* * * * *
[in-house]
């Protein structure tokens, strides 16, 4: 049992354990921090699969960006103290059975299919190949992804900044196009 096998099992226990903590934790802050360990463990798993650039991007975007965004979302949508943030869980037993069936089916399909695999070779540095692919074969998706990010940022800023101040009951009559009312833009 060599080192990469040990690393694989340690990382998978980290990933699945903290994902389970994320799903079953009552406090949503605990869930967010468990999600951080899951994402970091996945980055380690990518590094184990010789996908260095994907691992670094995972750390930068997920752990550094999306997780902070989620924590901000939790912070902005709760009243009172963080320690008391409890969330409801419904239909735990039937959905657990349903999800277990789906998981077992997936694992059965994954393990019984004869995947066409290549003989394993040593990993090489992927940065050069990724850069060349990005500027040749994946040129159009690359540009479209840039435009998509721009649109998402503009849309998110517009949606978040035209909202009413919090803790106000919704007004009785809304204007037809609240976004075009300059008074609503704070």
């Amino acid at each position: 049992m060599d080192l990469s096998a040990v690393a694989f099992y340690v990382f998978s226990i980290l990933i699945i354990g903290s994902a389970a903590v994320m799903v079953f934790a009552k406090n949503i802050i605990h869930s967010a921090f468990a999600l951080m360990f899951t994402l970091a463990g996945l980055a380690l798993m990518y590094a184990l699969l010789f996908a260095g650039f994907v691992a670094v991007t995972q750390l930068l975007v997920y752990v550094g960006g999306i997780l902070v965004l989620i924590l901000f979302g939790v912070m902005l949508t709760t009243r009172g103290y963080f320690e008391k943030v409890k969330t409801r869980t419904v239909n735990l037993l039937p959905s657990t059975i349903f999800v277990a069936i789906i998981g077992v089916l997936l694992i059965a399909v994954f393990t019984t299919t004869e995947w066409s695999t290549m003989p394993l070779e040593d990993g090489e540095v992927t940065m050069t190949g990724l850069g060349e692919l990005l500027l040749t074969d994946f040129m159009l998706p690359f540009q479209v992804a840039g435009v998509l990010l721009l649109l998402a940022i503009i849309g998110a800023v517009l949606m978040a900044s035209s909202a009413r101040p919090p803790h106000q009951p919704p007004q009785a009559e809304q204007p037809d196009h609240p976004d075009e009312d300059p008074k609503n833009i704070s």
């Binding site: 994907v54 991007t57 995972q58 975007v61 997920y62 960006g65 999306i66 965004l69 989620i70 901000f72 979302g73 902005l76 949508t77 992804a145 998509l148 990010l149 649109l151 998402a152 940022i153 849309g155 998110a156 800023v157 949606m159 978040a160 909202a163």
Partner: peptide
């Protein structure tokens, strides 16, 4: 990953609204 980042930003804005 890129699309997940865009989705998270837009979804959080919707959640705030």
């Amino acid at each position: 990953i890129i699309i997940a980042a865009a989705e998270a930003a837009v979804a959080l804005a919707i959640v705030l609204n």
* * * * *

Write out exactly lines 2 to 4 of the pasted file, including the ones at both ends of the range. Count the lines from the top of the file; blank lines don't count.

């Protein structure tokens, strides 16, 4: 049992354990921090699969960006103290059975299919190949992804900044196009 096998099992226990903590934790802050360990463990798993650039991007975007965004979302949508943030869980037993069936089916399909695999070779540095692919074969998706990010940022800023101040009951009559009312833009 060599080192990469040990690393694989340690990382998978980290990933699945903290994902389970994320799903079953009552406090949503605990869930967010468990999600951080899951994402970091996945980055380690990518590094184990010789996908260095994907691992670094995972750390930068997920752990550094999306997780902070989620924590901000939790912070902005709760009243009172963080320690008391409890969330409801419904239909735990039937959905657990349903999800277990789906998981077992997936694992059965994954393990019984004869995947066409290549003989394993040593990993090489992927940065050069990724850069060349990005500027040749994946040129159009690359540009479209840039435009998509721009649109998402503009849309998110517009949606978040035209909202009413919090803790106000919704007004009785809304204007037809609240976004075009300059008074609503704070």
């Amino acid at each position: 049992m060599d080192l990469s096998a040990v690393a694989f099992y340690v990382f998978s226990i980290l990933i699945i354990g903290s994902a389970a903590v994320m799903v079953f934790a009552k406090n949503i802050i605990h869930s967010a921090f468990a999600l951080m360990f899951t994402l970091a463990g996945l980055a380690l798993m990518y590094a184990l699969l010789f996908a260095g650039f994907v691992a670094v991007t995972q750390l930068l975007v997920y752990v550094g960006g999306i997780l902070v965004l989620i924590l901000f979302g939790v912070m902005l949508t709760t009243r009172g103290y963080f320690e008391k943030v409890k969330t409801r869980t419904v239909n735990l037993l039937p959905s657990t059975i349903f999800v277990a069936i789906i998981g077992v089916l997936l694992i059965a399909v994954f393990t019984t299919t004869e995947w066409s695999t290549m003989p394993l070779e040593d990993g090489e540095v992927t940065m050069t190949g990724l850069g060349e692919l990005l500027l040749t074969d994946f040129m159009l998706p690359f540009q479209v992804a840039g435009v998509l990010l721009l649109l998402a940022i503009i849309g998110a800023v517009l949606m978040a900044s035209s909202a009413r101040p919090p803790h106000q009951p919704p007004q009785a009559e809304q204007p037809d196009h609240p976004d075009e009312d300059p008074k609503n833009i704070s």
């Binding site: 994907v54 991007t57 995972q58 975007v61 997920y62 960006g65 999306i66 965004l69 989620i70 901000f72 979302g73 902005l76 949508t77 992804a145 998509l148 990010l149 649109l151 998402a152 940022i153 849309g155 998110a156 800023v157 949606m159 978040a160 909202a163």